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    7 Ways To Cook Without Power

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    7 Ways To Cook Without Power

    So you've stocked up on all the food you'll need after the end of the world as we know it. You've got wheat, flour, dried foods, canned foods, all kinds of food. But if the worst case scenario happens, will you still have electricity?

    There might be power in some areas, but always assume there won't be where you are. And if there isn't, how are you going to cook all that food?

    In this modern age of TV dinners, frozen pizzas, and Hamburger Helper, most people don't know a thing about cooking without power . The majority of city-dwellers are dependent on microwaves, electric stoves, and toasters to make their meals. But what will they do if the power goes out for an extended period?

    There are several options:

    1. Grill. This is the first and most obvious option. Hopefully you've stocked up on plenty of coal and/or propane. But if you don't have a grill or are out of coal and propane…

    2. Camping stove. Acquiring one of these should be a top priority. Coleman makes a great 2 burner stove that you can find on amazon.com. These, too, should always be used outdoors, or at least by an open window. Make sure you have plenty of Coleman fuel!

    3. Fireplace. Try roasting hot dogs and other solid foods on sticks in your fireplace. You can also wrap potatoes and other vegetables in foil and leave them in the fireplace to cook. I've made some really delicious meals this way!

    4. Campfire. Who doesn't love cooking over a campfire? But don't just roast hot dogs and marshmallows. With a good camp grill you'll be able to cook just about anything you want.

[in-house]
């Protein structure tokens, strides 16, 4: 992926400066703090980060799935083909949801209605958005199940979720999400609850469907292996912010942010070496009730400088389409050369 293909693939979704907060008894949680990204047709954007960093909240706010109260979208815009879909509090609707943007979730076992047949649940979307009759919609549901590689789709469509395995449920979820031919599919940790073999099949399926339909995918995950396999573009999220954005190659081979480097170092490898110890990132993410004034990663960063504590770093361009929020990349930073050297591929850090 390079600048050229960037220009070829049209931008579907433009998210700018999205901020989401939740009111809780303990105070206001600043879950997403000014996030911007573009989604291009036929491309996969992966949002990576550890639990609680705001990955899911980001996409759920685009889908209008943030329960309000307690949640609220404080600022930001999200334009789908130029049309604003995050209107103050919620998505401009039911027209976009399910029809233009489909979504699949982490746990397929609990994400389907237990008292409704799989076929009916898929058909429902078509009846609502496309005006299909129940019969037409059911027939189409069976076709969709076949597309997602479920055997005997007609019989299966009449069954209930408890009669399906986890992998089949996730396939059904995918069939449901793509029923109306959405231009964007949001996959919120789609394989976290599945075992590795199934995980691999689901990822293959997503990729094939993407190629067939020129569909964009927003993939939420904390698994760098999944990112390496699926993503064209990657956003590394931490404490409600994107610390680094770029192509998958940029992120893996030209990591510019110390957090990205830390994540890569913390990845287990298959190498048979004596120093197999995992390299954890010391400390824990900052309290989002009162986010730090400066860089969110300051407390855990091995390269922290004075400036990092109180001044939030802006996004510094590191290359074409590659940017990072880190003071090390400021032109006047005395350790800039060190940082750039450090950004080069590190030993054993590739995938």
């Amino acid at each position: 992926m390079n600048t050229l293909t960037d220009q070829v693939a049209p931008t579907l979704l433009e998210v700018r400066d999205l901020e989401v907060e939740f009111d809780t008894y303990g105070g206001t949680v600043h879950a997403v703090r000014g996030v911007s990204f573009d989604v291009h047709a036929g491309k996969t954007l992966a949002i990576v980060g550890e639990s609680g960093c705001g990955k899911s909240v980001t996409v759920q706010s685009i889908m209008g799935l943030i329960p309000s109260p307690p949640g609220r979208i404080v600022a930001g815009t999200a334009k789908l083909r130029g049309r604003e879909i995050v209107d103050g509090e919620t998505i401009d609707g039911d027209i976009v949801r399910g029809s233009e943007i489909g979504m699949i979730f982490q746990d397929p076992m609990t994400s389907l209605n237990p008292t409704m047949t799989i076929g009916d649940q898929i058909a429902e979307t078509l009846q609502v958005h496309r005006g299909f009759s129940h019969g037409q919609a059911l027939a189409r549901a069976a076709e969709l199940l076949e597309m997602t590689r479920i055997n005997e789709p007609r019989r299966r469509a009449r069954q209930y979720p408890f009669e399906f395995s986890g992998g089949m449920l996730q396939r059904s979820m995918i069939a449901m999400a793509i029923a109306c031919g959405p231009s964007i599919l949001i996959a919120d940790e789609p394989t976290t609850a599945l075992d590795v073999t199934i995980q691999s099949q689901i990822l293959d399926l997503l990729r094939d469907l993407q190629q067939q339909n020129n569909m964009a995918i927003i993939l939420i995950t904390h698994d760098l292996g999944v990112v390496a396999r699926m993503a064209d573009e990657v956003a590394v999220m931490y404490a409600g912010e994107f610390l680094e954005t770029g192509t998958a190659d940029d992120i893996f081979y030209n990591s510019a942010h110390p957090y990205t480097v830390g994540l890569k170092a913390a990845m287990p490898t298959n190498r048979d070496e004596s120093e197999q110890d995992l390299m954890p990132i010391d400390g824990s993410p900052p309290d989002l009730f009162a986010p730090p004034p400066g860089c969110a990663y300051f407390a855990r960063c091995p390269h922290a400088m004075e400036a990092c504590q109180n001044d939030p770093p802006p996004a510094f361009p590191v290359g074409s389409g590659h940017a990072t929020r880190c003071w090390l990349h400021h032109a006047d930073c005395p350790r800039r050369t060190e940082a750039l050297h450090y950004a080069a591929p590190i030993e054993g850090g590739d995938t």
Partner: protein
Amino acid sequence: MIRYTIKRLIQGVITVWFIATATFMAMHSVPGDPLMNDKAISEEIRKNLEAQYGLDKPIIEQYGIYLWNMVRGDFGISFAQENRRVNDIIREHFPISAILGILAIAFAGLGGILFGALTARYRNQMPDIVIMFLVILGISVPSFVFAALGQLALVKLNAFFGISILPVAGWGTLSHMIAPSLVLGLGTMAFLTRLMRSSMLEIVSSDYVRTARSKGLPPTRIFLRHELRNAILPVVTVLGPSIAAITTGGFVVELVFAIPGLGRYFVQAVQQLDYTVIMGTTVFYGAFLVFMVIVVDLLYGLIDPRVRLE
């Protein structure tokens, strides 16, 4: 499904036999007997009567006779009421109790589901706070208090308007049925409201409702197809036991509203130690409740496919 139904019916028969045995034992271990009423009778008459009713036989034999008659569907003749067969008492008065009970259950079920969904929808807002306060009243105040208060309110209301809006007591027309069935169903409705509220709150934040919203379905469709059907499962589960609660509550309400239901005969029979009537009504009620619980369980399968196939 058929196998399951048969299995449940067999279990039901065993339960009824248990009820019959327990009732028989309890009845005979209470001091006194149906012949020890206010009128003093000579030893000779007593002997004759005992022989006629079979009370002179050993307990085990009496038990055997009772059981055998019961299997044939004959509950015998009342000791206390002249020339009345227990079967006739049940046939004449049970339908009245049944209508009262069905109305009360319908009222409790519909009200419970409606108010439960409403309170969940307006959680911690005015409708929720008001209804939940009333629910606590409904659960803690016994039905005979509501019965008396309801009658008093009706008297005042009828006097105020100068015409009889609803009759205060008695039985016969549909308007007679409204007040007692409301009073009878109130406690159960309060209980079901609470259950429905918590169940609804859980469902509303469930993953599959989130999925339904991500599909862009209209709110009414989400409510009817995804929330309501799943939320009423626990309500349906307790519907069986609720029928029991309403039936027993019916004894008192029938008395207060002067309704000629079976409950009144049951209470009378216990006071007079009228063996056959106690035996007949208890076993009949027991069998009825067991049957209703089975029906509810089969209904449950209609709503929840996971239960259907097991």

5. Dutch oven. This is a cast iron pot that you hang over a fire. It's ideal for making soups, stews, and hot drinks. A 4-quart Dutch oven is less than $50. To hang it over the fire, you'll need a fireplace crane or a campfire tripod.

    6. Sterno stove. These are good for heating up drinks, canned foods such as chili, Spaghettios and soup. The best thing about them is they're portable, weighing less than a pound. I would get a good Sterno stove kit and some extra canned heat. Tip: Try putting your Sterno stove in a fire pit with a few handfuls of charcoal. This way you can grill while using very little charcoal.

    7. Kerosene heater. These are usually used for heating rooms, but they are also a great way to boil beans, pasta and other foods, or make hot drinks. If the top is flat, just set a pot of water on top of it. A good kerosene heater can cost over $100, but it's a great thing to add to your survival supplies, especially if you live in a cold area.

    A few warnings:

    • Grills should always be used outdoors and a safe distance from your home or shelter. The carbon monoxide can be deadly and a few stray sparks is all it takes to start a fire. The same goes for camp stoves. Please be careful.
    • If you use a fireplace, make sure the flue is open and completely unobstructed. Also, don't use treated wood for a cooking fire, as the chemicals can get into your food.
    • Never ever use gasoline to get a fire going.
    • Make sure camp fires are controlled with metal or rocks surrounding them.
    • Never leave a fire (not even a candle) without an adult around to keep an eye on it. No accidental fire ever started because too many people were around.

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